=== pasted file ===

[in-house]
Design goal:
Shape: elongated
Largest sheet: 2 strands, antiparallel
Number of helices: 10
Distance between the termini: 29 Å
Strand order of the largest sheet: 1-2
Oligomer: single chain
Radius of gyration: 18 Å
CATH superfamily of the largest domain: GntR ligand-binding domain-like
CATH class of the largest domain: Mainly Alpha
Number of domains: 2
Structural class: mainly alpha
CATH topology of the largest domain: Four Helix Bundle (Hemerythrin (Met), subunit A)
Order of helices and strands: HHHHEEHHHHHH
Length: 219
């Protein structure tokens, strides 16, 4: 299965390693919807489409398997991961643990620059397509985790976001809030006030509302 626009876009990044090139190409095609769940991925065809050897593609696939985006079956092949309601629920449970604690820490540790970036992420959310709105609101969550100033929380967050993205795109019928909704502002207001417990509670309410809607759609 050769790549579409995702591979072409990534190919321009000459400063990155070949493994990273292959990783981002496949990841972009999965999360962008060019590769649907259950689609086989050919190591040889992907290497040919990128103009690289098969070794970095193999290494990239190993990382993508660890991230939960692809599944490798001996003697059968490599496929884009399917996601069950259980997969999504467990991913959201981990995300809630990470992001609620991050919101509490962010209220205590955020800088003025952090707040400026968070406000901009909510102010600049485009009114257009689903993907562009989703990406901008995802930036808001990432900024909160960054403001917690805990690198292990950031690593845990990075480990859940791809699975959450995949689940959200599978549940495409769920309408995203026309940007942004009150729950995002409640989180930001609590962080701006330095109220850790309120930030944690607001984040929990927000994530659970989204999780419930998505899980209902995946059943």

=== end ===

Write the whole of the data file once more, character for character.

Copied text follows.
[in-house]
Design goal:
Shape: elongated
Largest sheet: 2 strands, antiparallel
Number of helices: 10
Distance between the termini: 29 Å
Strand order of the largest sheet: 1-2
Oligomer: single chain
Radius of gyration: 18 Å
CATH superfamily of the largest domain: GntR ligand-binding domain-like
CATH class of the largest domain: Mainly Alpha
Number of domains: 2
Structural class: mainly alpha
CATH topology of the largest domain: Four Helix Bundle (Hemerythrin (Met), subunit A)
Order of helices and strands: HHHHEEHHHHHH
Length: 219
């Protein structure tokens, strides 16, 4: 299965390693919807489409398997991961643990620059397509985790976001809030006030509302 626009876009990044090139190409095609769940991925065809050897593609696939985006079956092949309601629920449970604690820490540790970036992420959310709105609101969550100033929380967050993205795109019928909704502002207001417990509670309410809607759609 050769790549579409995702591979072409990534190919321009000459400063990155070949493994990273292959990783981002496949990841972009999965999360962008060019590769649907259950689609086989050919190591040889992907290497040919990128103009690289098969070794970095193999290494990239190993990382993508660890991230939960692809599944490798001996003697059968490599496929884009399917996601069950259980997969999504467990991913959201981990995300809630990470992001609620991050919101509490962010209220205590955020800088003025952090707040400026968070406000901009909510102010600049485009009114257009689903993907562009989703990406901008995802930036808001990432900024909160960054403001917690805990690198292990950031690593845990990075480990859940791809699975959450995949689940959200599978549940495409769920309408995203026309940007942004009150729950995002409640989180930001609590962080701006330095109220850790309120930030944690607001984040929990927000994530659970989204999780419930998505899980209902995946059943």